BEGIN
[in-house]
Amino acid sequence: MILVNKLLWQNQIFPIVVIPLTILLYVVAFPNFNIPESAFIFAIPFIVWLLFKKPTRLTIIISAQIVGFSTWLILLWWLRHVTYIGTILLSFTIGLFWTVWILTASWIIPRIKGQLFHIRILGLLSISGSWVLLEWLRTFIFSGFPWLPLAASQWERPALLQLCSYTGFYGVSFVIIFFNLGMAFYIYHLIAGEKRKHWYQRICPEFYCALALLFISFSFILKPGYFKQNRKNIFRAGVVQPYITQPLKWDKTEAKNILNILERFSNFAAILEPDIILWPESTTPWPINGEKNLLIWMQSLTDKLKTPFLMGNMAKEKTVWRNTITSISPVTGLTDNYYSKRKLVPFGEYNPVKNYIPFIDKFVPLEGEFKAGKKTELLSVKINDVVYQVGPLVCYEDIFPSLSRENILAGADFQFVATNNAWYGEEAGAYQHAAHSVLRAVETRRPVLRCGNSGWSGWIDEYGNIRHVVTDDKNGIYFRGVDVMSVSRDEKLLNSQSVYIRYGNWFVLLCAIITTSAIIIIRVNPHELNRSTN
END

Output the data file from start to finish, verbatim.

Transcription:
[in-house]
Amino acid sequence: MILVNKLLWQNQIFPIVVIPLTILLYVVAFPNFNIPESAFIFAIPFIVWLLFKKPTRLTIIISAQIVGFSTWLILLWWLRHVTYIGTILLSFTIGLFWTVWILTASWIIPRIKGQLFHIRILGLLSISGSWVLLEWLRTFIFSGFPWLPLAASQWERPALLQLCSYTGFYGVSFVIIFFNLGMAFYIYHLIAGEKRKHWYQRICPEFYCALALLFISFSFILKPGYFKQNRKNIFRAGVVQPYITQPLKWDKTEAKNILNILERFSNFAAILEPDIILWPESTTPWPINGEKNLLIWMQSLTDKLKTPFLMGNMAKEKTVWRNTITSISPVTGLTDNYYSKRKLVPFGEYNPVKNYIPFIDKFVPLEGEFKAGKKTELLSVKINDVVYQVGPLVCYEDIFPSLSRENILAGADFQFVATNNAWYGEEAGAYQHAAHSVLRAVETRRPVLRCGNSGWSGWIDEYGNIRHVVTDDKNGIYFRGVDVMSVSRDEKLLNSQSVYIRYGNWFVLLCAIITTSAIIIIRVNPHELNRSTN